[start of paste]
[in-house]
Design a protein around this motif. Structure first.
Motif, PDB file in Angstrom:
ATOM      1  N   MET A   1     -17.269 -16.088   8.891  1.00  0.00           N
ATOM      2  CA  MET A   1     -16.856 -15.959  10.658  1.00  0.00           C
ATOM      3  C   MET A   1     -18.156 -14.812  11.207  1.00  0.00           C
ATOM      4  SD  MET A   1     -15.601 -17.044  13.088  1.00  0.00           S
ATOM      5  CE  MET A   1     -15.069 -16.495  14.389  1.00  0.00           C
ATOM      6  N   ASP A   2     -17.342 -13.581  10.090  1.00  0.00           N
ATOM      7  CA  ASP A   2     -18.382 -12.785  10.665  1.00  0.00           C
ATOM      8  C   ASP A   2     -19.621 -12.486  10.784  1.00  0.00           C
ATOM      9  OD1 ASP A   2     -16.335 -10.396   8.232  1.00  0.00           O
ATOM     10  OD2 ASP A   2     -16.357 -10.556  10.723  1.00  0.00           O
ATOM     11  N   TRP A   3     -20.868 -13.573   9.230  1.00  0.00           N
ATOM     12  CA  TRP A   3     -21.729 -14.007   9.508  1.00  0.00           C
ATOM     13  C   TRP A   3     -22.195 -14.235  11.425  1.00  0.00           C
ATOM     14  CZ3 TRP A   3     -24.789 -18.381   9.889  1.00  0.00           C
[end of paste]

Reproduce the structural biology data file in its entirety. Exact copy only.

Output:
[in-house]
Design a protein around this motif. Structure first.
Motif, PDB file in Angstrom:
ATOM      1  N   MET A   1     -17.269 -16.088   8.891  1.00  0.00           N
ATOM      2  CA  MET A   1     -16.856 -15.959  10.658  1.00  0.00           C
ATOM      3  C   MET A   1     -18.156 -14.812  11.207  1.00  0.00           C
ATOM      4  SD  MET A   1     -15.601 -17.044  13.088  1.00  0.00           S
ATOM      5  CE  MET A   1     -15.069 -16.495  14.389  1.00  0.00           C
ATOM      6  N   ASP A   2     -17.342 -13.581  10.090  1.00  0.00           N
ATOM      7  CA  ASP A   2     -18.382 -12.785  10.665  1.00  0.00           C
ATOM      8  C   ASP A   2     -19.621 -12.486  10.784  1.00  0.00           C
ATOM      9  OD1 ASP A   2     -16.335 -10.396   8.232  1.00  0.00           O
ATOM     10  OD2 ASP A   2     -16.357 -10.556  10.723  1.00  0.00           O
ATOM     11  N   TRP A   3     -20.868 -13.573   9.230  1.00  0.00           N
ATOM     12  CA  TRP A   3     -21.729 -14.007   9.508  1.00  0.00           C
ATOM     13  C   TRP A   3     -22.195 -14.235  11.425  1.00  0.00           C
ATOM     14  CZ3 TRP A   3     -24.789 -18.381   9.889  1.00  0.00           C